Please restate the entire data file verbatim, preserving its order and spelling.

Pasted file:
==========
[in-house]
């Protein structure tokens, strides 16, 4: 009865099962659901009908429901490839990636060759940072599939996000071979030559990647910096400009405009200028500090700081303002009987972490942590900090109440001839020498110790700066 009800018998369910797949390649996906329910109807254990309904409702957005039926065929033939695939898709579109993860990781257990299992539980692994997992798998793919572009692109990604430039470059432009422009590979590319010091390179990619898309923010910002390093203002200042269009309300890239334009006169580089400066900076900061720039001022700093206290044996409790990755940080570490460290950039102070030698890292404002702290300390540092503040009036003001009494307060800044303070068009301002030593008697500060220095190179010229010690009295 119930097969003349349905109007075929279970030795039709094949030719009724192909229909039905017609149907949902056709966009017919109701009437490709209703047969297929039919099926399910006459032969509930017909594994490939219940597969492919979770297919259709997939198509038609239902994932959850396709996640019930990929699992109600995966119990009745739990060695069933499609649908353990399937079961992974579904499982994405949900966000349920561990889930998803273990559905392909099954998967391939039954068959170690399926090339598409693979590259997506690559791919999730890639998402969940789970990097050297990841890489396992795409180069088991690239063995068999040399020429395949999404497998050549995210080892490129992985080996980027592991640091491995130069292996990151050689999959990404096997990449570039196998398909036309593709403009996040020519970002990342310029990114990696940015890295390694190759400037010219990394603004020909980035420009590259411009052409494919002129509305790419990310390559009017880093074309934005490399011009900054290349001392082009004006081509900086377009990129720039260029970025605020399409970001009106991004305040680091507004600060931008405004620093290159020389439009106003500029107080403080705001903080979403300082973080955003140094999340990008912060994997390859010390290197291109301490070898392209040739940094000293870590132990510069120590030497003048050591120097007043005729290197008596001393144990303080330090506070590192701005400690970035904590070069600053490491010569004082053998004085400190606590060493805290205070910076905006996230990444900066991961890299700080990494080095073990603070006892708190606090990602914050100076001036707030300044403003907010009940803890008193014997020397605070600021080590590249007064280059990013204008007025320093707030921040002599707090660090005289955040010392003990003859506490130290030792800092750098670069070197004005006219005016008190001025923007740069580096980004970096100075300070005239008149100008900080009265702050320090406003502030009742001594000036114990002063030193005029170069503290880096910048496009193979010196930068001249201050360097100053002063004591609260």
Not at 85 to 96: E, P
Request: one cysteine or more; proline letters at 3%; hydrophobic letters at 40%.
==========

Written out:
[in-house]
């Protein structure tokens, strides 16, 4: 009865099962659901009908429901490839990636060759940072599939996000071979030559990647910096400009405009200028500090700081303002009987972490942590900090109440001839020498110790700066 009800018998369910797949390649996906329910109807254990309904409702957005039926065929033939695939898709579109993860990781257990299992539980692994997992798998793919572009692109990604430039470059432009422009590979590319010091390179990619898309923010910002390093203002200042269009309300890239334009006169580089400066900076900061720039001022700093206290044996409790990755940080570490460290950039102070030698890292404002702290300390540092503040009036003001009494307060800044303070068009301002030593008697500060220095190179010229010690009295 119930097969003349349905109007075929279970030795039709094949030719009724192909229909039905017609149907949902056709966009017919109701009437490709209703047969297929039919099926399910006459032969509930017909594994490939219940597969492919979770297919259709997939198509038609239902994932959850396709996640019930990929699992109600995966119990009745739990060695069933499609649908353990399937079961992974579904499982994405949900966000349920561990889930998803273990559905392909099954998967391939039954068959170690399926090339598409693979590259997506690559791919999730890639998402969940789970990097050297990841890489396992795409180069088991690239063995068999040399020429395949999404497998050549995210080892490129992985080996980027592991640091491995130069292996990151050689999959990404096997990449570039196998398909036309593709403009996040020519970002990342310029990114990696940015890295390694190759400037010219990394603004020909980035420009590259411009052409494919002129509305790419990310390559009017880093074309934005490399011009900054290349001392082009004006081509900086377009990129720039260029970025605020399409970001009106991004305040680091507004600060931008405004620093290159020389439009106003500029107080403080705001903080979403300082973080955003140094999340990008912060994997390859010390290197291109301490070898392209040739940094000293870590132990510069120590030497003048050591120097007043005729290197008596001393144990303080330090506070590192701005400690970035904590070069600053490491010569004082053998004085400190606590060493805290205070910076905006996230990444900066991961890299700080990494080095073990603070006892708190606090990602914050100076001036707030300044403003907010009940803890008193014997020397605070600021080590590249007064280059990013204008007025320093707030921040002599707090660090005289955040010392003990003859506490130290030792800092750098670069070197004005006219005016008190001025923007740069580096980004970096100075300070005239008149100008900080009265702050320090406003502030009742001594000036114990002063030193005029170069503290880096910048496009193979010196930068001249201050360097100053002063004591609260």
Not at 85 to 96: E, P
Request: one cysteine or more; proline letters at 3%; hydrophobic letters at 40%.